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Ethics of Innovation

Introduction

How should one think about the ethics of innovation?   There are clear ethical rules that govern innovation in medical care, such as the regulatory ethics paradigm.  The regulatory ethics paradigm states that deviations from standard care involve a degree of experimentation that requires a set of procedures to assure the protection of the rights and welfare of research subjects.  For example, any innovative research or new medical procedure must be reviewed and approved by an Institutional Review Board.  This paradigm also requires the preparation of investigational protocols according to sound evidence and methodological standards. In so doing, it creates a presumption that innovations that are not rigorously validated are ethically dubious. However, no such rules govern innovative practices in global health.  How does one innovate while focusing on quality and ensuring that the idea is evidence-based?  How does one evaluate whether an idea is likely to work effectively and cost-effectively?  What are ethical issues involved with social entrepreneurship?  Questions such as these remain unanswered.  This article seeks to lay down basic ground rules for innovative practices in global health delivery. 

Best Practices in Innovation

When designing and implementing innovative tools or programs in the developing world, it is important to ascribe to best practices in order for products to be successful and ethical.   Important factors to consider include:

As with all health programs, global health innovations must be founded on best practice principles in public health.  The worst practices that are often employed by some organizations can do significant harm and create more substantial barriers to care.  Below are several questions that should be asked of any innovative technology or program:

Does the innovation involve local community members?

Diffusing a new innovation requires understanding the local environment. Social, economic, and cultural environments vary greatly across and even within countries, and deploying new programs requires an understanding of these environments. Innovators must consider the need for expertise in sociology, anthropology, public policy, and economics, and establish coherent criteria for selecting countries to target based on social, economic, and cultural realities.(2)   An invention always engages closely with cultural practice and systems, and it must already have a close relation to the contingencies that surround it and that will influence its fate.(3)

Does the innovation foresee unintended impacts and consequences?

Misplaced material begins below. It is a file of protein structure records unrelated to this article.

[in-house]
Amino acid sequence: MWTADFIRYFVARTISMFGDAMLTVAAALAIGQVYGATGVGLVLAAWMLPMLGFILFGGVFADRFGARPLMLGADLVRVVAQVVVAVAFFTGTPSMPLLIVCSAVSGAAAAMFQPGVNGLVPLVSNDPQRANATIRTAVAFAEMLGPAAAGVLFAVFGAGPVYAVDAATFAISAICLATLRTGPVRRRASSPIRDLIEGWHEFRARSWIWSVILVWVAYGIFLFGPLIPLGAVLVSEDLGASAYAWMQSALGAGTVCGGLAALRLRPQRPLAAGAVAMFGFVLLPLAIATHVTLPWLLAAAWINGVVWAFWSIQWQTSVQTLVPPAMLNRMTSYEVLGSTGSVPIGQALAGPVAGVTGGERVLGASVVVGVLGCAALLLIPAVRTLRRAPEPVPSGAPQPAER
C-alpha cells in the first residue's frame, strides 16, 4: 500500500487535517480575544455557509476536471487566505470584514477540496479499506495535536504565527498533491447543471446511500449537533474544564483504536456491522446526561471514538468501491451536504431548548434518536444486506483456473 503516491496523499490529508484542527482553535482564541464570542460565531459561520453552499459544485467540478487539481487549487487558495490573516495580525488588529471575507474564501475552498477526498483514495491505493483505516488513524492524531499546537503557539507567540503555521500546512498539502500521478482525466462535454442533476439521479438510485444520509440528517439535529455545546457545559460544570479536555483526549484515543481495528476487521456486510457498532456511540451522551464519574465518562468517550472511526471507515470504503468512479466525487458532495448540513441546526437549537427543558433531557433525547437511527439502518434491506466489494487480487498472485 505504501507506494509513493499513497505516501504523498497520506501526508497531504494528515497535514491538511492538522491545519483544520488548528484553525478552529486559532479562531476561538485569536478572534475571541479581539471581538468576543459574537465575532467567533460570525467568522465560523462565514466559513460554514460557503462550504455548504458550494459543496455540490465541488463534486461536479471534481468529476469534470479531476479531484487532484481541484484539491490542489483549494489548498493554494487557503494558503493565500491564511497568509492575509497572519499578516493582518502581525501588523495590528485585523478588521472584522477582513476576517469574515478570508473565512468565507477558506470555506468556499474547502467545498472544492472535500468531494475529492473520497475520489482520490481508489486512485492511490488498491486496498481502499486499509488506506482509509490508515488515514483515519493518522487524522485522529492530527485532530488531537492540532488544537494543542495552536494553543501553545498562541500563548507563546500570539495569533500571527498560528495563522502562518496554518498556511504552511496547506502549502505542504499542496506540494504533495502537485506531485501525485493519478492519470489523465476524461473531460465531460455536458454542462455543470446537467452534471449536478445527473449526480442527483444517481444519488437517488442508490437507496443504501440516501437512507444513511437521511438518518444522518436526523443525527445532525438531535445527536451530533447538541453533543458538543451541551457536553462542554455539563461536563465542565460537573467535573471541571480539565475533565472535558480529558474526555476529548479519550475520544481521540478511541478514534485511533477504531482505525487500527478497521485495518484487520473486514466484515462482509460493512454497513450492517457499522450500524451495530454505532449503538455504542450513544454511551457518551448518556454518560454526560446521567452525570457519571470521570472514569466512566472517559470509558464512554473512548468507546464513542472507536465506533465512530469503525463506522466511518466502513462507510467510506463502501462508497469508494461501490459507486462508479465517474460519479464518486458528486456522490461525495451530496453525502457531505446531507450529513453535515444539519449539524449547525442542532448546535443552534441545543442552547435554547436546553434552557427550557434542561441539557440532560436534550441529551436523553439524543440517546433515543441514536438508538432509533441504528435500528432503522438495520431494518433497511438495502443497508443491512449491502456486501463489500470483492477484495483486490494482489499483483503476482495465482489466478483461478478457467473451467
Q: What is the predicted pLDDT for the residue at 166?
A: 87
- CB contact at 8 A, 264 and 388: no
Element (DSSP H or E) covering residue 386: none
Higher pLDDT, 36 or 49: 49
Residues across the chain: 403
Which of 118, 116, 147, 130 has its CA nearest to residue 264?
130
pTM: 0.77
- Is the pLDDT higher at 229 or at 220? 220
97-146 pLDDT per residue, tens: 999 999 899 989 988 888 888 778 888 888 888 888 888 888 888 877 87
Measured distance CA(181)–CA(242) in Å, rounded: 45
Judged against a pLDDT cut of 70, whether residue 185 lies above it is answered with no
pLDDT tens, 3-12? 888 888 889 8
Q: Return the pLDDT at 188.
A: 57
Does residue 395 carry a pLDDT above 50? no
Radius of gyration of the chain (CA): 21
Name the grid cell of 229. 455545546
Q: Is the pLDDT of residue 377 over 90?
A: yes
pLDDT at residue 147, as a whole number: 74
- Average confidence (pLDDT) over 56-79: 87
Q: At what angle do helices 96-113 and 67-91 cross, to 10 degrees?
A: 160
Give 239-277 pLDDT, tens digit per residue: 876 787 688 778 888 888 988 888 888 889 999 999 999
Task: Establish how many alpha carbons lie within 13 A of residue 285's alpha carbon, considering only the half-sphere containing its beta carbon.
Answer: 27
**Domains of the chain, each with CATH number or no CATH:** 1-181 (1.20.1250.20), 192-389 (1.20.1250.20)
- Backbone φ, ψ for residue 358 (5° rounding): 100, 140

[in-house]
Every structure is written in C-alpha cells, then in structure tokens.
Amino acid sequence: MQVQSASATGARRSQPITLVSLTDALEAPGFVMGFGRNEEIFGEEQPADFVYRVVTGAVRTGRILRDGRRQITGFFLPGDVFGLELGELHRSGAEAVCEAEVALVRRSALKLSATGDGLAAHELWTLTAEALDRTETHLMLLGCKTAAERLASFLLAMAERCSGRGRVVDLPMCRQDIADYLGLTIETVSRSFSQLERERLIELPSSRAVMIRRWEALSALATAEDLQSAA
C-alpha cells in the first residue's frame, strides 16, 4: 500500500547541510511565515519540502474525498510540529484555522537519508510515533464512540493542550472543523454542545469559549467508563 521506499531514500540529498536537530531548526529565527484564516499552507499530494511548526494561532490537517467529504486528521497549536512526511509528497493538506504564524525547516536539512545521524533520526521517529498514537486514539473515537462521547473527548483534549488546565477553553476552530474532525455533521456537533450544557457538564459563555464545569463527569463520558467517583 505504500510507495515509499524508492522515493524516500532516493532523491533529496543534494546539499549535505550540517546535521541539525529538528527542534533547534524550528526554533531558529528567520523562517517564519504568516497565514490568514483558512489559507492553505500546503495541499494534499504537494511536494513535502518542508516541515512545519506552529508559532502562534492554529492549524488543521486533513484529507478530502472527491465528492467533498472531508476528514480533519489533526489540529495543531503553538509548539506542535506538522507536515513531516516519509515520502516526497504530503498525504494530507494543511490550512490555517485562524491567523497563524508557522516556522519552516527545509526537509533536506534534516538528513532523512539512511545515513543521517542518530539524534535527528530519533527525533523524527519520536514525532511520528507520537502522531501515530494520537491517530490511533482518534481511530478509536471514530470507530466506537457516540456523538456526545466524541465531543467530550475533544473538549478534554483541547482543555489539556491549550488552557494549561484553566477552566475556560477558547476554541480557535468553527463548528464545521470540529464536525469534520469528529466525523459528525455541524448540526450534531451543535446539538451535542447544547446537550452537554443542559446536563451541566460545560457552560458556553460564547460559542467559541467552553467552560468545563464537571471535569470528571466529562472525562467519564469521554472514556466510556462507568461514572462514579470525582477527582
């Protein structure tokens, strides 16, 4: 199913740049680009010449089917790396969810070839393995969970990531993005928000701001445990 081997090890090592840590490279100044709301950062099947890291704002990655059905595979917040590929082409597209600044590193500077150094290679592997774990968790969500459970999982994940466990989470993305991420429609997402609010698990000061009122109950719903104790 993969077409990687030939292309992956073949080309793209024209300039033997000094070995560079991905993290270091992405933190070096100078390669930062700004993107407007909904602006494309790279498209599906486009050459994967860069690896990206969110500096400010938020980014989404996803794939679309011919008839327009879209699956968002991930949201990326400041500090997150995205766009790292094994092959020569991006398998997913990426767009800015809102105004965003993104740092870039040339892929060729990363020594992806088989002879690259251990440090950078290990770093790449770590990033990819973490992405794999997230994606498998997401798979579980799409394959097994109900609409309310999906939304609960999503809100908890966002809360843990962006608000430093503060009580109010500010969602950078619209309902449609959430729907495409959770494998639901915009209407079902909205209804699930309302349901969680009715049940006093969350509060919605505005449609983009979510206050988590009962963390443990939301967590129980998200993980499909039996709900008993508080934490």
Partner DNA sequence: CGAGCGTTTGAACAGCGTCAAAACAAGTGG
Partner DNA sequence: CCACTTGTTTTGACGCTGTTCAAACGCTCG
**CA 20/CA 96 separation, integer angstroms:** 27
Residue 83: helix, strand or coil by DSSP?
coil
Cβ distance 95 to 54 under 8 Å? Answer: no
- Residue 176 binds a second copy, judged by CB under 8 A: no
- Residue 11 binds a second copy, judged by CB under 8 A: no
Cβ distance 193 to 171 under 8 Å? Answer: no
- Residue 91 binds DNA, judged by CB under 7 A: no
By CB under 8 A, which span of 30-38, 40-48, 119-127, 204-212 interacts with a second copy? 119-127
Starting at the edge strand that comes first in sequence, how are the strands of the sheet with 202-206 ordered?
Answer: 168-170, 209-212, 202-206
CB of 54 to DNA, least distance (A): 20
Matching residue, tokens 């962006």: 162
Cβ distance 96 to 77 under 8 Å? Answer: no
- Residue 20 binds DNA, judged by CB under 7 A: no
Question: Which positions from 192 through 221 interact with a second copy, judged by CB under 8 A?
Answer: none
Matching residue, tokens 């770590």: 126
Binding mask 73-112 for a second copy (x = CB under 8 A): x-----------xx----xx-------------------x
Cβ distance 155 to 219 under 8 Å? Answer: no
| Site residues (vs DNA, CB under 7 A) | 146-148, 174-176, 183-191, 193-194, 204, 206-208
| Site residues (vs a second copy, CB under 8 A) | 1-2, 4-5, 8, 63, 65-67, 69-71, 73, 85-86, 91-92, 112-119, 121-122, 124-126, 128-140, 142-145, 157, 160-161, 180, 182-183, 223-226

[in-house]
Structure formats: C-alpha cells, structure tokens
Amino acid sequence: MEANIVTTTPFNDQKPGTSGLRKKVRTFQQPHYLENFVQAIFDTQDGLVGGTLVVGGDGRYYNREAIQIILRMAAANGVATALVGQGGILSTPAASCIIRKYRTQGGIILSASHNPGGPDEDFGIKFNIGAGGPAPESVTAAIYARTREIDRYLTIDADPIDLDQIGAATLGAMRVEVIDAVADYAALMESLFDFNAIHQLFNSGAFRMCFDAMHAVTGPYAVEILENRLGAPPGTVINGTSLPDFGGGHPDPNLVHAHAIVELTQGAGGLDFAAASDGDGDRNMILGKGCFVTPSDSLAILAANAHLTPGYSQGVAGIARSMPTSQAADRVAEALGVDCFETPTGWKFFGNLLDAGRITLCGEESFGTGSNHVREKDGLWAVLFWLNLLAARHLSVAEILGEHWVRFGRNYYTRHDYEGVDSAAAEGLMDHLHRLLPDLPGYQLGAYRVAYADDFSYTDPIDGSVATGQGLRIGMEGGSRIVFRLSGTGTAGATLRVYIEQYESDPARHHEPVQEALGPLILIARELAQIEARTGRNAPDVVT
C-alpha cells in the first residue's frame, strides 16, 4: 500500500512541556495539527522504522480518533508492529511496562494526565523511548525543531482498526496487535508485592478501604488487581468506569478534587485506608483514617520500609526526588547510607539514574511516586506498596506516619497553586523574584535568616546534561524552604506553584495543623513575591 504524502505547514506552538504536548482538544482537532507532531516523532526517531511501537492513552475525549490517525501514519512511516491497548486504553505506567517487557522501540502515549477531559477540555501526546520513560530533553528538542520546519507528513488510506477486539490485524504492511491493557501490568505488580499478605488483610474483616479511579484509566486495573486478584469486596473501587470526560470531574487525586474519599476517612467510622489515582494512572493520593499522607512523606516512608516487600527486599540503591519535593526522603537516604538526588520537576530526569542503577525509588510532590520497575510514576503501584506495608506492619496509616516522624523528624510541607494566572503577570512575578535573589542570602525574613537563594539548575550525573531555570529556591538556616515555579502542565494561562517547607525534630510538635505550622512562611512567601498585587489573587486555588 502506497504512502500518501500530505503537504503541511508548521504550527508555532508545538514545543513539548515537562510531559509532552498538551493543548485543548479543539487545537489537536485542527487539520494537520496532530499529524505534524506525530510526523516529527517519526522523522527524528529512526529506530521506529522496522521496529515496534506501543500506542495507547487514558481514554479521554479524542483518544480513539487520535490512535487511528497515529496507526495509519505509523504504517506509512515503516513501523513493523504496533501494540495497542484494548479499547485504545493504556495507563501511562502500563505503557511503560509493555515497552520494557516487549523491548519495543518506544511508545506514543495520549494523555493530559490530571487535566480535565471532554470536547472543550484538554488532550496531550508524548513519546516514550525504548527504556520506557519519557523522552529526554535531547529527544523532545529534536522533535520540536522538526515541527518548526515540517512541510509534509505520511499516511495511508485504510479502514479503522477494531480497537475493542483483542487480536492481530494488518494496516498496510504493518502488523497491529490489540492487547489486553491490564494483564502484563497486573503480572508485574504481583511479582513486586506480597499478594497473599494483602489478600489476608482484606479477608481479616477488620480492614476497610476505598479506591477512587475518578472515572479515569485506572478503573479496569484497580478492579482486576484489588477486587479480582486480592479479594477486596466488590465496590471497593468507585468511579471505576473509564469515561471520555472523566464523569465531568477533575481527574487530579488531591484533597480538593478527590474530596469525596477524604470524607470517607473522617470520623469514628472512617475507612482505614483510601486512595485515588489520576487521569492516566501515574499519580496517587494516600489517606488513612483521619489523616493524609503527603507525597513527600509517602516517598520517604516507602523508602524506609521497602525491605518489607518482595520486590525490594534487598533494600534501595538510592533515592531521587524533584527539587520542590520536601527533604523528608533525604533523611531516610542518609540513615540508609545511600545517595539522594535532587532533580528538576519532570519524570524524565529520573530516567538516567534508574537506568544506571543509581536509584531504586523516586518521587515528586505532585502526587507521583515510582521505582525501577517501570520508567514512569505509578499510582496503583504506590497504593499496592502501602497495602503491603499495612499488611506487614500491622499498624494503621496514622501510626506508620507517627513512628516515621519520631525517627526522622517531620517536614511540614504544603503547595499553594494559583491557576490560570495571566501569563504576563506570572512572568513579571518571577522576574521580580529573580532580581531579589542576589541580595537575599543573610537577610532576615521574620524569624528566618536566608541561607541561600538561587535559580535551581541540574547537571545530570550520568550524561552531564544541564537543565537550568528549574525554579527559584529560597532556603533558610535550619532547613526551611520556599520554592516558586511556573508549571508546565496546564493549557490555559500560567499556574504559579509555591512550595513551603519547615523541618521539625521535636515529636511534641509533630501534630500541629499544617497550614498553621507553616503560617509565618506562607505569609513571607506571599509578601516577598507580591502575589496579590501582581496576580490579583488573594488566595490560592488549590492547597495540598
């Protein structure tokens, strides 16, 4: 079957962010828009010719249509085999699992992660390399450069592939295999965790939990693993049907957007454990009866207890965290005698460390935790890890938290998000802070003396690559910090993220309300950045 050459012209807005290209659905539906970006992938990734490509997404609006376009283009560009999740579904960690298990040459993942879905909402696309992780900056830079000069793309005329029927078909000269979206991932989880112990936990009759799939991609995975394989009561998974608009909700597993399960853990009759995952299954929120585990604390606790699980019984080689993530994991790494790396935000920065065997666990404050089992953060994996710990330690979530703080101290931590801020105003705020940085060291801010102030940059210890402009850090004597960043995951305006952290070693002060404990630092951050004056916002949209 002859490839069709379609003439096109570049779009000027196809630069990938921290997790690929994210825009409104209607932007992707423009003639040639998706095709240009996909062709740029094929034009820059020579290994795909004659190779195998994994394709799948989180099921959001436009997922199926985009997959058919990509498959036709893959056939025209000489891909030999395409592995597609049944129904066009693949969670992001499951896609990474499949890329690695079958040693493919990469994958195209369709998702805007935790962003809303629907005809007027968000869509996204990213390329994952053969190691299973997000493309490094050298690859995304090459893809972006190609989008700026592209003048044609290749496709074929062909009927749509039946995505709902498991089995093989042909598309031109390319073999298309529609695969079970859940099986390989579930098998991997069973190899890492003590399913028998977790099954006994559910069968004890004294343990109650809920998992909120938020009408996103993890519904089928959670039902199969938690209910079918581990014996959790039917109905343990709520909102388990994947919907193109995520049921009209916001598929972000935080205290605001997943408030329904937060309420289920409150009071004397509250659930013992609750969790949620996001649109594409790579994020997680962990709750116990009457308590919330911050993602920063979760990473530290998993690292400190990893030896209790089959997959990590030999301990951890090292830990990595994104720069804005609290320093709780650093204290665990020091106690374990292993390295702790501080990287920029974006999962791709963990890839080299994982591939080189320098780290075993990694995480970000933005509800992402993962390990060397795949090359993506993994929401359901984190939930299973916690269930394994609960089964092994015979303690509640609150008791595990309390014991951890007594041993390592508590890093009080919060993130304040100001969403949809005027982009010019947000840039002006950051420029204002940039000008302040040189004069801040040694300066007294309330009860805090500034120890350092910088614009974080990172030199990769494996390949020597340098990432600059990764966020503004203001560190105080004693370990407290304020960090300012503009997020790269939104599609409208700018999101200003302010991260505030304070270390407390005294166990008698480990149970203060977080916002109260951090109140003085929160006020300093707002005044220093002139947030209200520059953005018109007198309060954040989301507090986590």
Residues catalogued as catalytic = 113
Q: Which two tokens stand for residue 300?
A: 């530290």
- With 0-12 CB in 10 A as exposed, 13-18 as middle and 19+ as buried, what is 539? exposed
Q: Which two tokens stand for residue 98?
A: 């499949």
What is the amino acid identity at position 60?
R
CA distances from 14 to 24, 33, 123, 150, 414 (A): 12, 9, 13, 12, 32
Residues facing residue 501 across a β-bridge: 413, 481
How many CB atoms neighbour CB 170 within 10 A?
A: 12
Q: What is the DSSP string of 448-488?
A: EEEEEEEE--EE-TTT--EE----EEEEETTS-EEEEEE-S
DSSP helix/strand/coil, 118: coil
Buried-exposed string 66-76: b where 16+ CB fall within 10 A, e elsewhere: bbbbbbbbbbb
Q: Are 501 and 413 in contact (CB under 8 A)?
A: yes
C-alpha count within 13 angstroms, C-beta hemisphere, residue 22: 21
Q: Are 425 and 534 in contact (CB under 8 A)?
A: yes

A global health intervention may lead to unintended and undesired consequences due to error on the part of the implementer. This is often due to the assumption that actions which have in the past led to the desired outcome will continue to do so.  In order to anticipate the impact of an innovation, proper research should be conducted.

Is there a way to evaluate the success of the innovation?

Evaluation needs to focus on measuring outcomes that reveal the extent and kinds of impact the project has on its participants. Impact could be reported in the amount of change in behavior, attitude, skills, knowledge or condition of the target population. Ultimately, information on outputs and outcomes is essential for public health action, and it is the foundation for policy making, planning, programming, and accountability.  Health metrics are necessary and important to ensure accountability and achieve best practice standards.  Unfortunately, high quality health information is not widely available in developing countries, and outcomes are frequently not measured by organizations.  

Ethical Frameworks for Innovation

Several ethical frameworks have been suggested to guide the development and implementation of an innovation and to ensure that it will not be harmful. Two of these frameworks, utilitarianism and human rights are outlined below.(4)  As each framework contains major strengths and serious flaws, it is important to consider both and avoid narrowly committing to one over the other.

Utilitarianism: The greatest good for the greatest number

Strengths as an Ethical Guide

Weaknesses as an Ethical Guide

Rights: An Individual’s rights should not be violated

Strengths as an Ethical Guide

Weaknesses as an Ethical Guide

Conclusion

Innovation in global health today goes hand-in-hand with social entrepreneurship.  Social entrepreneurship combines the passion of a social mission with business ideas of discipline, innovation, and determination.  Social entrepreneurs in global health are creative, willing to think outside the box, and ready to apply ideas to new situations.

Of course, not all social innovations are successful.  While failures inform social entrepreneurs about what to avoid in a future enterprise, they can cause significant harm to “test” populations.  Because social entrepreneurs work in different social contexts, they must always evaluate their innovative ideas within a variety of ethical frameworks.

Footnotes

(1) Daar, A. S., H. Thorsteinsdottir, D. K. Martin, A. C. Smith, S. Nast, and P. A. Singer. 2002. Top ten biotechnologies for improving health in developing countries. Nat. Genet. 32:229-232.

(2) Rogers, E.M. Diffusion of Innovations, Fifth Edition. Free Press, New York, 1995.

(3) Attridge, Derek. 1999. “Innovation, Literature, Ethics: Relating to the Other.” PMLA 114:20–31.

(4) Page, Robert. Ethics in Innovation. Survey Insights. Unpublished material.